We learned about math as we counted how long it would take her sister to get from the end of the cul-de-sac to the other end on her bike. It took 6o seconds, which we reviewed equals one minute. We continued discussing it would probably take an hour if she did it 60 times, because an hour equals 60 minutes. How many could she do in 15 minutes? About 15, of course. She didn’t realize we were having a mini math lesson.
I didn’t realize either, as we were walking and talking, all the things we were learning while putting off school work for a walk in the neighborhood. It was as we returned home and entered the driveway that it hit me what a productive morning walk we had had. She asked to stay out a little longer to play with bubbles and I obliged. Who knows what else she might discover and learn on her own while she stays outside just a little longer!
We all focus our attention to academics, and making sure our children are active in organized sports and structured activities. With all of these concerns and commitments, are we allowing our kids to just be creative? A little over a year ago, I let go of the morning resistance to get our school work started. I was realizing that after breakfast (sometimes even before breakfast) was the time my girls seem to get caught up in their own ideas and creations. Sometimes it was Lego constructions or bead work. More recently it is drawing, painting, crochet, or even acting, videography and photography. It was last year that I embraced this time and instead of demanding their obedience to get dressed and sit at the table to do school work, I gave them the time to create. Within reason, I allowed them time to complete the project they had started. They understood that the next thing to do was begin their school work. Yes, it’s also beneficial to incorporate their talents and interests with the academic lessons, but I think the unstructured time without imposing expectations of the end product is also necessary. Allowing this time to get their creative juices flowing and to express themselves in the mode of their choice made our academic times even more enjoyable and productive. Currently, I see this optimal creative time of day changing for one and I need to be sure to work with it instead of against it, and allow her the time to create.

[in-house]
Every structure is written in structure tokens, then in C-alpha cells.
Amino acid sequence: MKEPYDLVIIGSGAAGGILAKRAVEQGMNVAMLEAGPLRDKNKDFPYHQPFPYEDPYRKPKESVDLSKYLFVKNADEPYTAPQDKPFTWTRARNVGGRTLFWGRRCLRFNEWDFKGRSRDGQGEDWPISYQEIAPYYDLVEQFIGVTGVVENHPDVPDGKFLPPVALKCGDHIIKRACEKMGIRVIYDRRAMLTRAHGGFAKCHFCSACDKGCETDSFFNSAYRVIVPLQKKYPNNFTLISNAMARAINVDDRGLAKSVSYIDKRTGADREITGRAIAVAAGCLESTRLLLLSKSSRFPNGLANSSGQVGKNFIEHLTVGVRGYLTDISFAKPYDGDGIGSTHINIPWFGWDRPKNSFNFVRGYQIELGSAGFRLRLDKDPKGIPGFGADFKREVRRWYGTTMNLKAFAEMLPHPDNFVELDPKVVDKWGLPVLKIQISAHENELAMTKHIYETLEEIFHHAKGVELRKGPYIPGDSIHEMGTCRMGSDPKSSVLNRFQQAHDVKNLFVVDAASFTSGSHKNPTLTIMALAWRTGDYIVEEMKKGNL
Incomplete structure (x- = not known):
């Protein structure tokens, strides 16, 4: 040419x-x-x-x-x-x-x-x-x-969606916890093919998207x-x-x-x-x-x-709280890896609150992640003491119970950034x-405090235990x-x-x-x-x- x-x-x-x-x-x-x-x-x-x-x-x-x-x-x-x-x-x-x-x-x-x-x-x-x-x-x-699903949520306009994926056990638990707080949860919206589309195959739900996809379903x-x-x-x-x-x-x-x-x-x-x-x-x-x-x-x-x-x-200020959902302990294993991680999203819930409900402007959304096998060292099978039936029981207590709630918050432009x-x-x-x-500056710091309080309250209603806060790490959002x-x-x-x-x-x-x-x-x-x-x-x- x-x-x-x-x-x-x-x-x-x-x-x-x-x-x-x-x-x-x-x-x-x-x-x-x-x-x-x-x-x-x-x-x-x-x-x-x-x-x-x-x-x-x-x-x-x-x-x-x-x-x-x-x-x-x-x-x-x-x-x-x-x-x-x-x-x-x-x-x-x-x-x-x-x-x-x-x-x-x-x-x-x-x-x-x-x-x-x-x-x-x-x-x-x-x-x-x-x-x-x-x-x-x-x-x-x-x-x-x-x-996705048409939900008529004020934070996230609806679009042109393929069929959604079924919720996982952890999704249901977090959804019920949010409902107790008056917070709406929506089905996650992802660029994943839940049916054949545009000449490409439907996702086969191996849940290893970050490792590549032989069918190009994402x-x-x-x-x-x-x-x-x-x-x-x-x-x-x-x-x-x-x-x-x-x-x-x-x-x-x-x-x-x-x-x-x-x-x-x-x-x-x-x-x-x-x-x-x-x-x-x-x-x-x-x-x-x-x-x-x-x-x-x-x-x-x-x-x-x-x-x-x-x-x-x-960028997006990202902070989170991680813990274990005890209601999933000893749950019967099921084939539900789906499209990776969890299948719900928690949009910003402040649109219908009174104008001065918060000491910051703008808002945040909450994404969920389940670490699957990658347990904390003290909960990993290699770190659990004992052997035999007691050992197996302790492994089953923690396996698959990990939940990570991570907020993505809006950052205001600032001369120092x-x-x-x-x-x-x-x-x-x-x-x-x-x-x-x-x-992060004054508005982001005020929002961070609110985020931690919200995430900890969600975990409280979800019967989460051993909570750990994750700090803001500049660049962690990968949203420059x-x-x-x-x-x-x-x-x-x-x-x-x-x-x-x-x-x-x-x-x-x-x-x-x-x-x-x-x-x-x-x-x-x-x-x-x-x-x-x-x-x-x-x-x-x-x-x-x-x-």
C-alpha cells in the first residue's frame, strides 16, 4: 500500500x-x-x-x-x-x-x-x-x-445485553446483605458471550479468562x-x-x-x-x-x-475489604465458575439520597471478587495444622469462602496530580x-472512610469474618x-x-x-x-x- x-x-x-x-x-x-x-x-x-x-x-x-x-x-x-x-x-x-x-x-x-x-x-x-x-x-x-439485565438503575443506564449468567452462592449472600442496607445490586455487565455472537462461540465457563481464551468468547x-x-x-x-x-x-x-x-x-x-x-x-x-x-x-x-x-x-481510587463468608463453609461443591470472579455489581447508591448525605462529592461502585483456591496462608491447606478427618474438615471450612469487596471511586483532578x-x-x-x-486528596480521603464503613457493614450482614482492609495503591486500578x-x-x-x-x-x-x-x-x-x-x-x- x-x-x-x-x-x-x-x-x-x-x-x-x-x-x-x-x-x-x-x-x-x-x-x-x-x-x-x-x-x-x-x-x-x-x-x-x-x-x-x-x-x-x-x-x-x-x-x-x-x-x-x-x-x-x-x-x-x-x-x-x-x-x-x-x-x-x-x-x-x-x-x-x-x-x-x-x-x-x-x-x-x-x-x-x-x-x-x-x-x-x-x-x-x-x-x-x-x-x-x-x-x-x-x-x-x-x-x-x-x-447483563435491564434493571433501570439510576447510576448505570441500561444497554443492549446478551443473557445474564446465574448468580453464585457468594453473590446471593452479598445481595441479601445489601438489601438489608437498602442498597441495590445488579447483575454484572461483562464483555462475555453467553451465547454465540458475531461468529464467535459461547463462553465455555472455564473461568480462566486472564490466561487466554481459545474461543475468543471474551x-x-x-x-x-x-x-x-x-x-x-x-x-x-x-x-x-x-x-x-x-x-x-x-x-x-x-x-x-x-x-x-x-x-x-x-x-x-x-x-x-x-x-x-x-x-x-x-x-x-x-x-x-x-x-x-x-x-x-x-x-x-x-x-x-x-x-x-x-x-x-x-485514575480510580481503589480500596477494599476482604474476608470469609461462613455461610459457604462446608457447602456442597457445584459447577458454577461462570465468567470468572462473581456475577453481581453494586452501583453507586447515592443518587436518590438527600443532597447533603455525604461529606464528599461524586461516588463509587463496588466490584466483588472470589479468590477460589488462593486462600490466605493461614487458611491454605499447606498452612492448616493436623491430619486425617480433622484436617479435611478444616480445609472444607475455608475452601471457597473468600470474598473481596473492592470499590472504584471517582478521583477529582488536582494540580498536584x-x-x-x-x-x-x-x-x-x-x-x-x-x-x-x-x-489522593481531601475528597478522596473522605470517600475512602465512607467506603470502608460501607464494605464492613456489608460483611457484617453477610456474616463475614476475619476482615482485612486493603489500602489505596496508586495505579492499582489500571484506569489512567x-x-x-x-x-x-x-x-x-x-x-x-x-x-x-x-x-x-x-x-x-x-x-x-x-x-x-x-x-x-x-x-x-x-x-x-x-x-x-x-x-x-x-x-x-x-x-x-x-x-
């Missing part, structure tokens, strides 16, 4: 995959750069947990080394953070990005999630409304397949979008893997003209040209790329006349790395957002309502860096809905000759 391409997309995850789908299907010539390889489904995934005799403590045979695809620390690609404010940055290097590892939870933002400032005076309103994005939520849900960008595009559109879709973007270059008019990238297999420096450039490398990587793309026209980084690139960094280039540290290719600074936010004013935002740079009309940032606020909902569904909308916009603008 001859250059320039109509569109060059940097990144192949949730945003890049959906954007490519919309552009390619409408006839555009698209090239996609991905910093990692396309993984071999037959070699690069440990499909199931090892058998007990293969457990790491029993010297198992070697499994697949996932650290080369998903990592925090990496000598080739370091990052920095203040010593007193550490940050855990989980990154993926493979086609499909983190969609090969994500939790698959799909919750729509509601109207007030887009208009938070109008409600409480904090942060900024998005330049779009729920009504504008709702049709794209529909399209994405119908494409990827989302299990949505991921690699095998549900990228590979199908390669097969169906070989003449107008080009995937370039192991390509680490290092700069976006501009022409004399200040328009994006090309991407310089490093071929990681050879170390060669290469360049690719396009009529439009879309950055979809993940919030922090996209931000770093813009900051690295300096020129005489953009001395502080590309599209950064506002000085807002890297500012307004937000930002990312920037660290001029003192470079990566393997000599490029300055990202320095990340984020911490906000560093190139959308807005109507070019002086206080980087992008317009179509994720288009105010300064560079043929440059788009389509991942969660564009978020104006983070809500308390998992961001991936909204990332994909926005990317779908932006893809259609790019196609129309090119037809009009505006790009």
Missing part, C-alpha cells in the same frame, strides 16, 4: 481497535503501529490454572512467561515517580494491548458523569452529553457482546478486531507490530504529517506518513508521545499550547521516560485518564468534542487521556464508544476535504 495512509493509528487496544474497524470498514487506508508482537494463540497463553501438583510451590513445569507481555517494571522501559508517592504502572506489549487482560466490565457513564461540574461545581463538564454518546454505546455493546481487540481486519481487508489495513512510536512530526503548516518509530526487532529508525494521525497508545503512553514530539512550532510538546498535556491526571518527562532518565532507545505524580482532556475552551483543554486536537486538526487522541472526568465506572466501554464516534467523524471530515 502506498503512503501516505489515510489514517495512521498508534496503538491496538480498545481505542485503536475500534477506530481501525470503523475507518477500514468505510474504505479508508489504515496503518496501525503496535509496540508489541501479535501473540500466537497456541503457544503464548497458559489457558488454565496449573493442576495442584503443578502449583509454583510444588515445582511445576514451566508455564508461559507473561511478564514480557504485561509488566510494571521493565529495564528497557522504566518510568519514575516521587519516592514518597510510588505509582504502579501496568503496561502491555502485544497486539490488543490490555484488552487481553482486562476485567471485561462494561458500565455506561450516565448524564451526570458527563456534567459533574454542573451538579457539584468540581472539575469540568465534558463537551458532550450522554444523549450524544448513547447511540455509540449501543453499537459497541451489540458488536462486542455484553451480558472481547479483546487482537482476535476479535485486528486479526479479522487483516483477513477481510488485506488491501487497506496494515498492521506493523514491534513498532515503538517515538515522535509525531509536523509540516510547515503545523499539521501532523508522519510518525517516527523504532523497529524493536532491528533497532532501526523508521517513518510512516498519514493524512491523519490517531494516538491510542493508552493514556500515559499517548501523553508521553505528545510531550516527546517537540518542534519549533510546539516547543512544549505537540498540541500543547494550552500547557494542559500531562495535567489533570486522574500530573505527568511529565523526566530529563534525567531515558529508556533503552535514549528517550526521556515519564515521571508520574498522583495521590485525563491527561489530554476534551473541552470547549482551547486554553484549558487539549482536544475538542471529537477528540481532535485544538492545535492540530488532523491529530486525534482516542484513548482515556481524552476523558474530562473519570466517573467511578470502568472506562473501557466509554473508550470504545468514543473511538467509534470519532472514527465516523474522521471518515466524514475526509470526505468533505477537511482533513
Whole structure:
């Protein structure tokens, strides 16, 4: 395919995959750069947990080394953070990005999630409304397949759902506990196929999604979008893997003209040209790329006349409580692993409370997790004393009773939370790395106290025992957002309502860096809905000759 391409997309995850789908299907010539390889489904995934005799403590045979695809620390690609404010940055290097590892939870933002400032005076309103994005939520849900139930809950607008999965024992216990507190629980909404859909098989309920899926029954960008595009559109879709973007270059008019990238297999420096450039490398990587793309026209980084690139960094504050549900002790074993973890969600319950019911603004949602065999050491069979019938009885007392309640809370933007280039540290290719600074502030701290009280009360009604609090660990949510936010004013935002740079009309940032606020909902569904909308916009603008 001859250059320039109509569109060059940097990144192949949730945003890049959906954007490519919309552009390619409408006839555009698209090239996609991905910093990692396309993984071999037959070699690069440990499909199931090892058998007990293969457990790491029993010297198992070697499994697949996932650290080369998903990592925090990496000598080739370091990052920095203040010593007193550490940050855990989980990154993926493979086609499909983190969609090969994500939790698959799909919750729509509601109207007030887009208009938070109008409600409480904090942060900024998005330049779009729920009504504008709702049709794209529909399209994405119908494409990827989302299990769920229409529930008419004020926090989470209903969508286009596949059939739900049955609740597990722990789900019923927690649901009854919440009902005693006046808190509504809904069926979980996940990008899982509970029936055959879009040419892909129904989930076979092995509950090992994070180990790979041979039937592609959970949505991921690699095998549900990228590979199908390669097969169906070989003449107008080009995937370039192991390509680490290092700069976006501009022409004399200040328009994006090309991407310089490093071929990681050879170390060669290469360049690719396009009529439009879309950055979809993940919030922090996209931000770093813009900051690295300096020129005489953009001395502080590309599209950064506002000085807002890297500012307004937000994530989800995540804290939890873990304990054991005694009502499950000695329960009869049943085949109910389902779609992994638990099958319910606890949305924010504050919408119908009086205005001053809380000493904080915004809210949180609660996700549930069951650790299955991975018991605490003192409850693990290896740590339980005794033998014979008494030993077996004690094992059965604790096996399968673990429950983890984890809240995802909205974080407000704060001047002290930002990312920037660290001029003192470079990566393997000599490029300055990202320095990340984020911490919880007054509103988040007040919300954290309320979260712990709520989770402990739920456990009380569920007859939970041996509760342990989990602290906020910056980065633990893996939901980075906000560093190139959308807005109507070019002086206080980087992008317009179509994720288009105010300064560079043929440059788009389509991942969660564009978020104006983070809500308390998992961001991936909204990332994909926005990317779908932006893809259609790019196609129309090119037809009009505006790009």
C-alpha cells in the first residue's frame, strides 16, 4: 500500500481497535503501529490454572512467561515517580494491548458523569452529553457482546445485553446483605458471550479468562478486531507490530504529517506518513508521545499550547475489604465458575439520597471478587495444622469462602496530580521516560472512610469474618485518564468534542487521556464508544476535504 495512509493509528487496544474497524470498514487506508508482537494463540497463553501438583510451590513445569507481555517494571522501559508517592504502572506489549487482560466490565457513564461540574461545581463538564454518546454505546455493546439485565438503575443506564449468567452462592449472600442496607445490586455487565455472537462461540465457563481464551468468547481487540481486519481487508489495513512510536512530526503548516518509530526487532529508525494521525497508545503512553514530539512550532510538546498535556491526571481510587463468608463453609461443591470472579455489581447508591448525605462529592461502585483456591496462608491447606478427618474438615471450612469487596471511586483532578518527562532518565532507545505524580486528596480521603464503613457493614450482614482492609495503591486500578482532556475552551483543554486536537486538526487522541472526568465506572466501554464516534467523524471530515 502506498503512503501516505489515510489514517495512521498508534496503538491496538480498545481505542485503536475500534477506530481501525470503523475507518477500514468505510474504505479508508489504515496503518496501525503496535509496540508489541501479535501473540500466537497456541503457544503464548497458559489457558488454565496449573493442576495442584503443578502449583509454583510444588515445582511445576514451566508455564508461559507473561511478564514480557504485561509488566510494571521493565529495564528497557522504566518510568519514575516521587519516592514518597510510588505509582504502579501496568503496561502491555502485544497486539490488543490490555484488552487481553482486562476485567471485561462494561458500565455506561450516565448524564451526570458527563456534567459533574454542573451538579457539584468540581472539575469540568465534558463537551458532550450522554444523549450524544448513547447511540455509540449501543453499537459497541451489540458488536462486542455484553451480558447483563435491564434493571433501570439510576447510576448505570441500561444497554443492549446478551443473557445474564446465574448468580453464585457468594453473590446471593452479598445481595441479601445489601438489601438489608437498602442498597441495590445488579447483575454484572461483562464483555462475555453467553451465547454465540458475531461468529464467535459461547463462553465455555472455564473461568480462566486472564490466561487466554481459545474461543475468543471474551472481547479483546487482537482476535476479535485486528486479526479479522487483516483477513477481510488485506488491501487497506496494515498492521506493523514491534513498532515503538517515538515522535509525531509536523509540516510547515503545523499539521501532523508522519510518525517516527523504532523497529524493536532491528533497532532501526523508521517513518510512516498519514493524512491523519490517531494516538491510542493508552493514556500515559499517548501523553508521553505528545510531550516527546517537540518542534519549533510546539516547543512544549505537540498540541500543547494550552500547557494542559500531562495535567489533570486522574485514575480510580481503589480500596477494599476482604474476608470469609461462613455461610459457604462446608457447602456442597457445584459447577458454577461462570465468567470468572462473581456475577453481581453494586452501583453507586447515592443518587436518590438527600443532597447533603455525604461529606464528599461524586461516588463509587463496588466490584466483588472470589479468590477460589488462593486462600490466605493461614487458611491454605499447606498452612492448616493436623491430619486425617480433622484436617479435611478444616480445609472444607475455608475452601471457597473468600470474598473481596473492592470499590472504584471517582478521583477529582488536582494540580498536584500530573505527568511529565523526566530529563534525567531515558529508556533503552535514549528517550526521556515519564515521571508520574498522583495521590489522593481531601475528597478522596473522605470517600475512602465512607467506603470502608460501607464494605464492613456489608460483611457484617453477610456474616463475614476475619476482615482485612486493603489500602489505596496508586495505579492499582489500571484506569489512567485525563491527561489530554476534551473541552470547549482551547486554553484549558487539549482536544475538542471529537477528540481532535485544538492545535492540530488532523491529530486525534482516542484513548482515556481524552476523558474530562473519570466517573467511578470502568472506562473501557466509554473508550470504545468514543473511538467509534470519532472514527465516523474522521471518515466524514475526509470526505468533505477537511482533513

Take time to smell the flowers. Honestly, we took time to look at a dead lady bug, under a microscope no less. I’m sure you all have priorities to keep and tight schedules to follow, I know I do. Just the other morning we were reading about Chemistry and decided, reluctantly for me, that we’d do the suggested observation. I was really considering skipping it that day and just moving on to math, outlining for the new writing assignment or studying for Memory Master (which is like preparing your Baltimore Catechism for First Holy Communion in the 1970’s, but for six academic subjects). Of course, we want to cover all of our academics before we leave for dance class in the afternoon. Something nudged me to get the microscope out of the box and look at the salt up close. As I boiled the salt and let the water evaporate the girls continued to look at EVERYTHING under the microscope. They looked at coins, an avacado smear, a leftover toast crumb, my engagement ring, an emerald necklace, and fish food. I let them explore as I monitored the boiling salt on the stove. At this point I was realizing this was good quality learning fun, and not just something in the way of what really needed to be done. Then I heard it. Enthusiastically, my 5 year old declares, “Let’s look at a dead ladybug!” Sure enough they found one. (We have ladybug issue from time to time in our house. They say the are good luck, right? But are they good luck if they are dead? I digress…) I realized what a love for learning I almost let slip by because it wasn’t what I had scheduled for the day. And get this, once we put the microscope away, they joyfully continued with the regularly scheduled assignments. So, whether you homeschool or monitor homework in the evening, please learn from my almost mistake, and take time to look at dead ladybugs.